Dean Mousad didn’t think twice about what he did on the 15th February. For him, it wasn’t even a big deal.
Dean and his team drove 365km to cook a BBQ for around three hundred strangers, also raising and donating funds to bushfire-affected locals. Dean doesn’t want special attention for what he does – he simply gets it done. That’s what Brothers in Need are all about.
During our recent production of the Brothers in Need and Wauchope documentary series, we sat down with the co-founder of Brothers in Need to find out his story, the significance of Ramadan and how he’s helped the community of Wauchope.
Dean, we’ll start with the classic question – where did you grow up?
I jumped around many different places when I was younger. From Kogarah to Cherrybrook and Parramatta. I then resided in Baulkham for about sixteen years of my life. Now I live in Greenacre.
How did your childhood lead to where you are now?
Until the age of sixteen, I lived a very sheltered life. My parents would drive me everywhere, I wouldn’t even catch public transport. Then in Year 11, I went to a public school which led to me being introduced to a wider range of people.
Coming into 18 and then onto the age of 24, I really started getting engaged with the nightclub scene, the boat cruises, concerts, and the clubs. With all that, one vice lead to another, from drinking to gambling to drugs.
I had a near-death experience at the age of 24. That was my ‘Ah-ha’ moment. I was at a crossroads in my life and really needed to decide if this was what I wanted to do for the next eight years of my life.
Dean’s change was creating Brothers in Need, a non-for-profit group that wants to make a difference.
How did Brothers in Need all begin?
We started around 2015. Before that, there was the Lindt cafe siege in Martin Place, plus what was happening in the Middle East in different pockets of those countries.
We were kind of just sitting down with a group of friends and started thinking, “how can we change the stereotypes about Muslims?” This isn’t the Islam that we knew growing up. This isn’t what we were taught in schools or at home.
When I was younger, my parents put me in different Islamic schools that had tutors which would come out and teach both secular knowledge and religious knowledge. I think that set the foundation for me growing up.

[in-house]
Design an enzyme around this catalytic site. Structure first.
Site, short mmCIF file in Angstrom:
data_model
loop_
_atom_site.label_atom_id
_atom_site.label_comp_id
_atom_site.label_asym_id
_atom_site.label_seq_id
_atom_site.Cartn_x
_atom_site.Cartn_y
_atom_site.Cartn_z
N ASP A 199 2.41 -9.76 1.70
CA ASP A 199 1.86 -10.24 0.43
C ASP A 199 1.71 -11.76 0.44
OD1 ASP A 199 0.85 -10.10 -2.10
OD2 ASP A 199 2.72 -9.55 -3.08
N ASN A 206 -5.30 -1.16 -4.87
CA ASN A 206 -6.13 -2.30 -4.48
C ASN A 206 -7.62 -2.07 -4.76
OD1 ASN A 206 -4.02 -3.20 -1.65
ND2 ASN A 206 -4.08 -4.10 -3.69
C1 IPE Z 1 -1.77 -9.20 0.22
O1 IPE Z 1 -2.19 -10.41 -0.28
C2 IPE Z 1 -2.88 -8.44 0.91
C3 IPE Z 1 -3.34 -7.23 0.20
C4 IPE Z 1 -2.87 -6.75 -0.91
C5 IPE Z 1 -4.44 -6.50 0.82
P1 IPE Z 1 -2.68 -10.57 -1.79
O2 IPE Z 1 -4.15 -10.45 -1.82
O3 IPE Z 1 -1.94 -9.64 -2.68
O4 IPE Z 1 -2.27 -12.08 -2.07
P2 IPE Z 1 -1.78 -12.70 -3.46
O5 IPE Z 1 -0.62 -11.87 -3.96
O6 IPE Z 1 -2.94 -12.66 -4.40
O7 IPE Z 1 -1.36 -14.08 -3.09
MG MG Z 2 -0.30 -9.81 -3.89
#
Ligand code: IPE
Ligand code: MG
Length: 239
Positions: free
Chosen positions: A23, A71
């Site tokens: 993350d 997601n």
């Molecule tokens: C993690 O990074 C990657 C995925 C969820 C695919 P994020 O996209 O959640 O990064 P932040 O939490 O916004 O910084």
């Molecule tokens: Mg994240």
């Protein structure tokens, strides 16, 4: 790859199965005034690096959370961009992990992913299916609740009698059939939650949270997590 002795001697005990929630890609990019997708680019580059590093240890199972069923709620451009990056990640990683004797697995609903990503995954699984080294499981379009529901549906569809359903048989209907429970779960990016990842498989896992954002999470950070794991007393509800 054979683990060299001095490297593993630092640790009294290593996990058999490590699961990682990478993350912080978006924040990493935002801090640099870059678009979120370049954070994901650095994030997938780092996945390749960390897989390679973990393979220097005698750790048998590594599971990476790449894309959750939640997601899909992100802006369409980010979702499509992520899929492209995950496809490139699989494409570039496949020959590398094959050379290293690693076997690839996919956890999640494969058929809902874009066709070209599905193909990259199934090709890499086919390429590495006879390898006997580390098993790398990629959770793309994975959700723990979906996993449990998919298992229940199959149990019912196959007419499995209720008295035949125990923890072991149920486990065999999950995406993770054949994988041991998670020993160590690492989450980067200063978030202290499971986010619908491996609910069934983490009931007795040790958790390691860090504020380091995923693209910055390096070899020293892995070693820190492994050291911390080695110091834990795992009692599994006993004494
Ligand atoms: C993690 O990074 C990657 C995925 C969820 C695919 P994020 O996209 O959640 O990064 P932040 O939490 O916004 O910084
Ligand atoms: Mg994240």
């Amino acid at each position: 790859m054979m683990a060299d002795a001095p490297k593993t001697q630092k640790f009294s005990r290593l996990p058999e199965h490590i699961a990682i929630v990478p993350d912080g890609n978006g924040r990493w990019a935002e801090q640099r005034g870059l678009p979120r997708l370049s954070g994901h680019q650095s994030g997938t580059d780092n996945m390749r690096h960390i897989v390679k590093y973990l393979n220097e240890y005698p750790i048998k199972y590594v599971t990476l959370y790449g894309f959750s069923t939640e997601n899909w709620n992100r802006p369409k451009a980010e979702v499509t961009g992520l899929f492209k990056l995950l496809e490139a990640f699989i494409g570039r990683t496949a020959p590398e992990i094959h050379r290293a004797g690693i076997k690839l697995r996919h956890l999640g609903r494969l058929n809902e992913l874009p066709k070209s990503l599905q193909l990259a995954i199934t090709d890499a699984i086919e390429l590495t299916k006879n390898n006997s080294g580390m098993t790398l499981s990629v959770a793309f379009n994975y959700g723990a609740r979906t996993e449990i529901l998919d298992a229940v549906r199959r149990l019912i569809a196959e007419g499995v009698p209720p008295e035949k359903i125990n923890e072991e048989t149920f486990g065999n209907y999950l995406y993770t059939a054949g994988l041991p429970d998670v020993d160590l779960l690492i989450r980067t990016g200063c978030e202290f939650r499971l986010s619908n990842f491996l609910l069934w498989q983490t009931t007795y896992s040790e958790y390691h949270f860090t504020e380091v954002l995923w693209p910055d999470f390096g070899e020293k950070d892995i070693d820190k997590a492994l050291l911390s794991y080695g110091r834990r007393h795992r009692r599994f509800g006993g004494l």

Even though I went into a different realm after that in my twenties, I think the foundations were set from a young age. So when the time was right, I came back to those roots.
What does Brothers in Need mean to you and the work you’re doing?
There’s a lot of accolades for the work that we do. But I think part of being a Muslim, even part of being a human, is to actually just do this kind of work. It should be an everyday thing.
It’s not about ‘I’m a Muslim and I’m doing some great work.’ It’s… I think…as humans, whatever nationality, race, culture or faith you come from is all embedded in the work that we do. So this is just something that we do as Muslims, as Australians, as humans.
What does Ramadan mean to you?
Personally, Ramadan is a time I can isolate myself and give myself the time that I need.
Usually the other eleven months in the year, I’m out with the community. For me, the month of Ramadan is to spend that time with myself and work on my personal development, work on my connection with God.
While we fast in the month of Ramadan, you always have that consciousness, you know, the high consciousness. You know what we are doing is for God.
Is the structure and discipline you learn of Ramadan beneficial to how you do your personal work?
Most definitely. For us, it’s like a month of training. We’re training our bodies, our minds, our discipline, and consciousness to really be prepared for the months to come.
It’s like you’re a boxer or a soccer player – you do more focused training right before that big match.
As a younger man, do you find Ramadan is a different experience now where you are in life as opposed to when you’re younger, like 16 or 18 years old?
I think with every age comes struggles.
For those that are a bit younger that are fasting, they see their friends at school eating and drinking so they’ll have their struggle. Conversely, as you get older, you may find it harder as your body gets old.
What would you say to your sixteen year old self?
Have a good environment around you. Whether that’s at home, school or work, always surround yourself with people that uplift you. Good humans will always help you out when you’re going through different struggles within yourself or with others.
Keep up to date with Brothers in Need here.